JAKARTA (TheInsiderStories) – Violence has escalated into the second consecutive night of wild riots in Indonesia’ capital city, Jakarta showed after President Joko Widodo had been re-elected. Thousands of anti-Widodo protesters have been gathering at the headquarters of the election supervisory agency since mid-day on Tuesday.
National police in full protective gear clashed with rioters in front of the agency’ building, with similar stand-offs in other parts of the capital continuing even as President Widodo on Wednesday afternoon warned that the authorities would crack down on those seeking to disrupt the democratic process.
As of press time last night, police officers stood in a tight riot-control formation as their full body-length shields took on a barrage of Molotov cocktails, rocks, firecrackers and other projectiles thrown by rioters in downtown Jakarta.
Elsewhere, in West and North Jakarta, a separate battalion of troops, supplemented by marines from the Indonesian armed forces, camped out along a street as the chief provocateurs of another riot there stalled negotiations with the authorities.
During hours of bedlam, angry mobs set fire to a Jakarta election building, cars, motorbikes and just about any pile of debris they could find on the street.
Rioters hurled countless Molotov cocktails and firecrackers at a bolstered security force of 50,000 members. Police and military personnel returned fire with rubber pellets, tear gas and water cannons – under strict orders not to use live ammunition to prevent the number of casualties. Hundreds of violent protesters have been taken into custody.
At least 257 men, including those suspected to be provocateurs of the violence, reportedly have been arrested so far and investigations are continuing.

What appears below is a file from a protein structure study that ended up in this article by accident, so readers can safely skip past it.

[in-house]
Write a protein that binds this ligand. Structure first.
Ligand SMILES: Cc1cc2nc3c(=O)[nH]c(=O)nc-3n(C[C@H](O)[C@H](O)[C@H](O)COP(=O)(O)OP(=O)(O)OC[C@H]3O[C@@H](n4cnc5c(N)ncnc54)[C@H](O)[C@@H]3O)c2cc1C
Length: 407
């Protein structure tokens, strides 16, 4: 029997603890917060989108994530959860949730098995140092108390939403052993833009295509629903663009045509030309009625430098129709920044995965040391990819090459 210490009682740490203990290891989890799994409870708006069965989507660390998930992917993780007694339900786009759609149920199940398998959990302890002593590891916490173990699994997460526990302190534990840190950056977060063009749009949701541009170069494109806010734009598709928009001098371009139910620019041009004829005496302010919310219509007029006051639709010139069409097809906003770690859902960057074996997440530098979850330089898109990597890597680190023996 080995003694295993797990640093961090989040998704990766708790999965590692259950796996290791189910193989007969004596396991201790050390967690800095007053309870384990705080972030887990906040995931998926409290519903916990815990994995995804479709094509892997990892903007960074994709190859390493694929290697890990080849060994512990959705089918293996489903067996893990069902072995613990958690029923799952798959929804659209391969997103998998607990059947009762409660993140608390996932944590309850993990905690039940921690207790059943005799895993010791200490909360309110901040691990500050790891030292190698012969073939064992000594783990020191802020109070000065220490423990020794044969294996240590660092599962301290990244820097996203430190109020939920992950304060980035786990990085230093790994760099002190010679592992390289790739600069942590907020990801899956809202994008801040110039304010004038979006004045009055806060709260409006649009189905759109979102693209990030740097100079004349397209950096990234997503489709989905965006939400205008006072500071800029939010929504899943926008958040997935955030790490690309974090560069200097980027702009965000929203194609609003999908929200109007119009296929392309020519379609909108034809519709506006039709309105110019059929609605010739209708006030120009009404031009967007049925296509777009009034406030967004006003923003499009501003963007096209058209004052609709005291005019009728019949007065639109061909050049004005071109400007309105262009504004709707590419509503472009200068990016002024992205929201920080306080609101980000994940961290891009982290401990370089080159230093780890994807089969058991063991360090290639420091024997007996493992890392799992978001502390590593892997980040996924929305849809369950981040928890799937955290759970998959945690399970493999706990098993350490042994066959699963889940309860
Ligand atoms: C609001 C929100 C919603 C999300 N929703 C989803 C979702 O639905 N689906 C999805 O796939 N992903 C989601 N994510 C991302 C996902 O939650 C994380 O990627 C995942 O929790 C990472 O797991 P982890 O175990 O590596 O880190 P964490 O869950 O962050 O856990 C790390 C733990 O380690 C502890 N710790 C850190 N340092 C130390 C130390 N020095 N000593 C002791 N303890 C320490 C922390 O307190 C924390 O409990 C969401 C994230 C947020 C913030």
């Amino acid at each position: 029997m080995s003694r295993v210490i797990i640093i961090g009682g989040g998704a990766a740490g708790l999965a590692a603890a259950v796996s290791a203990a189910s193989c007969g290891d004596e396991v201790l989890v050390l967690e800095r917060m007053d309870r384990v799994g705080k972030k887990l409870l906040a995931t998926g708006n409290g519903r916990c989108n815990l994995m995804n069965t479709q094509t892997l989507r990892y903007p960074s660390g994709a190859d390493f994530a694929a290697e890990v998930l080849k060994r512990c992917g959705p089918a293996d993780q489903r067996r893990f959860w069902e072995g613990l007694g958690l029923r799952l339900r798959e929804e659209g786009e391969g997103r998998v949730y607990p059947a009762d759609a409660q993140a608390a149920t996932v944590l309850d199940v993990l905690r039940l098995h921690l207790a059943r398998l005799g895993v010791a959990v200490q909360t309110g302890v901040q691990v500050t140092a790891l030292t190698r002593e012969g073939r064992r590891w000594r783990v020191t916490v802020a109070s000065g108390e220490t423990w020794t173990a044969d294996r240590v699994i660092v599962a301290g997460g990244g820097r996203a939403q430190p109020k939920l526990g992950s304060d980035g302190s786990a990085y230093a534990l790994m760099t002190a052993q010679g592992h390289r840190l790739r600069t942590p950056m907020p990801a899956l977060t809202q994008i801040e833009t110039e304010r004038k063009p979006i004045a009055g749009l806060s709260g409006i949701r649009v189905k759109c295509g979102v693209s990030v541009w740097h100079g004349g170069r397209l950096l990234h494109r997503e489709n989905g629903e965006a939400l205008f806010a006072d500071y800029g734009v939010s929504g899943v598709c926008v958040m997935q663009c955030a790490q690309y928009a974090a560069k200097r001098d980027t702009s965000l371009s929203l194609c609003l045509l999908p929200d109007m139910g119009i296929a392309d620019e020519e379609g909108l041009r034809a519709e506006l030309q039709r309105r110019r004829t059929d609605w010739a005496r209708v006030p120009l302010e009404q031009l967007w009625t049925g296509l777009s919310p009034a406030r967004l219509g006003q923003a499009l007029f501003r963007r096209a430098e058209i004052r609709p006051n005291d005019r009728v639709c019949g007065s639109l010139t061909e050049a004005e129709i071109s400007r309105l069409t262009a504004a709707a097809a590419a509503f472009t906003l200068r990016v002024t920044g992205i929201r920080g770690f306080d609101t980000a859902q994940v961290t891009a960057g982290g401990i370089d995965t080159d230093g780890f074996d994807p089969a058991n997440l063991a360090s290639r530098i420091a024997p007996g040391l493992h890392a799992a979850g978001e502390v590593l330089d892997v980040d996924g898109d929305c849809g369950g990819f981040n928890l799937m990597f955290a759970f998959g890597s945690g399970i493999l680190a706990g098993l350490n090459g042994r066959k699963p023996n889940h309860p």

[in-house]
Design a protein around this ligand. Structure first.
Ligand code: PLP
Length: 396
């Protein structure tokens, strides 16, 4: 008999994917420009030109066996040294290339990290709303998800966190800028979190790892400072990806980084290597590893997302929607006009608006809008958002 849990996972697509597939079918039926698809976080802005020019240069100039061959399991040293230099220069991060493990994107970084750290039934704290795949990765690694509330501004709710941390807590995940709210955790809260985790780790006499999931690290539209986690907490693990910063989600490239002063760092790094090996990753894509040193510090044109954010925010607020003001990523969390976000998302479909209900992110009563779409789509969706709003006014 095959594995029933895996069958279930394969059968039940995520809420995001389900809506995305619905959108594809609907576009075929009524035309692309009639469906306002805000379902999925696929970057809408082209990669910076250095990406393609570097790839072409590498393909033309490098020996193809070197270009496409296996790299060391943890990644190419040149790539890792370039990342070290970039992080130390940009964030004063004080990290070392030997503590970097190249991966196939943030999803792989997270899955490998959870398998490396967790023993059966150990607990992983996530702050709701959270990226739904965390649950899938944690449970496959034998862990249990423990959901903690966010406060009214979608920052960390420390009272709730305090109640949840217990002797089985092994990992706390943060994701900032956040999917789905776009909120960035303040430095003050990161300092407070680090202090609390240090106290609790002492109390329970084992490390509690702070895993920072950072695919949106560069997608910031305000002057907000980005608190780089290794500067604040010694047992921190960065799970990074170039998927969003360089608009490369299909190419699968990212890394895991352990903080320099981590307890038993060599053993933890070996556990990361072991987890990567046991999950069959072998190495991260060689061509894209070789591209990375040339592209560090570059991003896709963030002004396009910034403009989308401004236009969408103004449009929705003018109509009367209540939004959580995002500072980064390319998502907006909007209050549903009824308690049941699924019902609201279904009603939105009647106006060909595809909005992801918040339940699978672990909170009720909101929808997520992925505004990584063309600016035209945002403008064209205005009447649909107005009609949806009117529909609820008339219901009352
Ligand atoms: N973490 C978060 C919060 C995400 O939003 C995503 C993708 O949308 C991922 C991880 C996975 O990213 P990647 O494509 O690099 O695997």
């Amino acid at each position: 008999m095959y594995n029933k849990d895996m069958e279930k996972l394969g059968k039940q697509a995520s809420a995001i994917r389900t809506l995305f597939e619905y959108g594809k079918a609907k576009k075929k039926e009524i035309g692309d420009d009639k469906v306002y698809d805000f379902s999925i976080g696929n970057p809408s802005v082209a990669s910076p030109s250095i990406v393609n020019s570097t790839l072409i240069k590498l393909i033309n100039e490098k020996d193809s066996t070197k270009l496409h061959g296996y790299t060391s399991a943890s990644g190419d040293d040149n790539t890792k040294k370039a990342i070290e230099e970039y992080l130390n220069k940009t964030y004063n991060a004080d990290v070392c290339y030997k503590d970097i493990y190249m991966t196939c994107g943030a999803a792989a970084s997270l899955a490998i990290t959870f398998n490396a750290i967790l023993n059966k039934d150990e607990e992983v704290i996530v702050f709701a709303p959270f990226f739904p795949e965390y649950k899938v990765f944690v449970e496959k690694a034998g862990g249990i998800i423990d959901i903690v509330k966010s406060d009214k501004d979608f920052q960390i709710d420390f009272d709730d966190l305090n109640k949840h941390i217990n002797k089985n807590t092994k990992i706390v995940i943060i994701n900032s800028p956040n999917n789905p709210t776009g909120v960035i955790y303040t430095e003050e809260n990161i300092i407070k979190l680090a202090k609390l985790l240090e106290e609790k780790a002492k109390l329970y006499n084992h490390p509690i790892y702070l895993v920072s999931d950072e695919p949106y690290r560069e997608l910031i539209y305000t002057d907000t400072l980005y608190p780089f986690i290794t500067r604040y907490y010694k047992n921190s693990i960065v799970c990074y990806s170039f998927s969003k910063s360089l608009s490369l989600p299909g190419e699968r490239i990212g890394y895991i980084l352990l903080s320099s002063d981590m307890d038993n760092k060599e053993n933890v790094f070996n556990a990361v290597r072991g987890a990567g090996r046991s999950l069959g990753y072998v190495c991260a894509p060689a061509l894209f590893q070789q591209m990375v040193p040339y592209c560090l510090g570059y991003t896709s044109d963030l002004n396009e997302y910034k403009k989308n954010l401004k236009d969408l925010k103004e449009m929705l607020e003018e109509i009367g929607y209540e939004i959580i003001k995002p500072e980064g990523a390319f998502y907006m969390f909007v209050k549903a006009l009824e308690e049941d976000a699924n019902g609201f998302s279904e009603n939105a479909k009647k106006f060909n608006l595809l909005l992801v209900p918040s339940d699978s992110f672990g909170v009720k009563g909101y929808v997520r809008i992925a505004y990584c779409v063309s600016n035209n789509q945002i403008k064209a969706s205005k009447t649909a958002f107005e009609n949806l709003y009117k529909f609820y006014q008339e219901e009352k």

Six people were killed and more than 200 injured during the first night of conflict with those figures expected to rise as the fallout from the second night of rioting is realized.
The protesters are supporters of opposition presidential, candidate Prabowo Subianto, who claims he’s been the victim of election fraud. But, the camp of Subianto has denied responsibility for the violence and blames third party provokers.
Police are also investigating the possibility of third party involvement after seizing large sums of money from arrested rioters, and with some protesters dying from gunshot wounds even though officers aren’t firing live rounds.
Re-elected President Widodo said he will not give in to the protesters who are demanding he step down, and that authorities will take stern action against those violating the law.
“I am open to anyone who wants to join hands to build and develop this country together but I will not tolerate those who disrupt security, the process of democracy and the unity of our believed country,” Widodo said.
“That is not an option – the military and police will take firm action in accordance with the appropriate laws,” he adds.
Widodo’s victory has been marred by public protests against the results, amid allegations of electoral fraud by his challenger, Subianto. Many in the capital Jakarta to scenes of black smoke billowing from burnt vehicles and policemen in stand-offs with provocateurs on the outskirts of the city – leading to fears of a repeat of the 1998 unrest in Indonesia prior to the fall of the Suharto regime.
Chief Security Minister Wiranto, said, “paid thugs” were behind the unrest that broke out yesterday morning. Based on our investigations, we are aware of the masterminds behind this unrest… and our security forces will take stern action based on the law,” he said.
National police chief Tito Karnavian yesterday confirmed that his officers had seized envelopes stashed with cash from the rioters who were arrested during the clashes, which caused damage to 25 vehicles, including some belonging to the police.
“We found separate envelopes with a total of nearly six million rupiahs in cash,” said the police general, adding that the suspects claimed they were paid to riot.
Wiranto yesterday defended the actions of the police, saying a country should always protect its people after some had criticized the use of force.
He also said that the authorities will partially restrict social media usage for two to three days to prevent the spread of hoaxes that may provoke further violence.
“To avoid provocations, the spread of fake news among the people, we will limit access to certain features on social media,” he added.
Written by Lexy Nantu, Email: firstname.lastname@example.org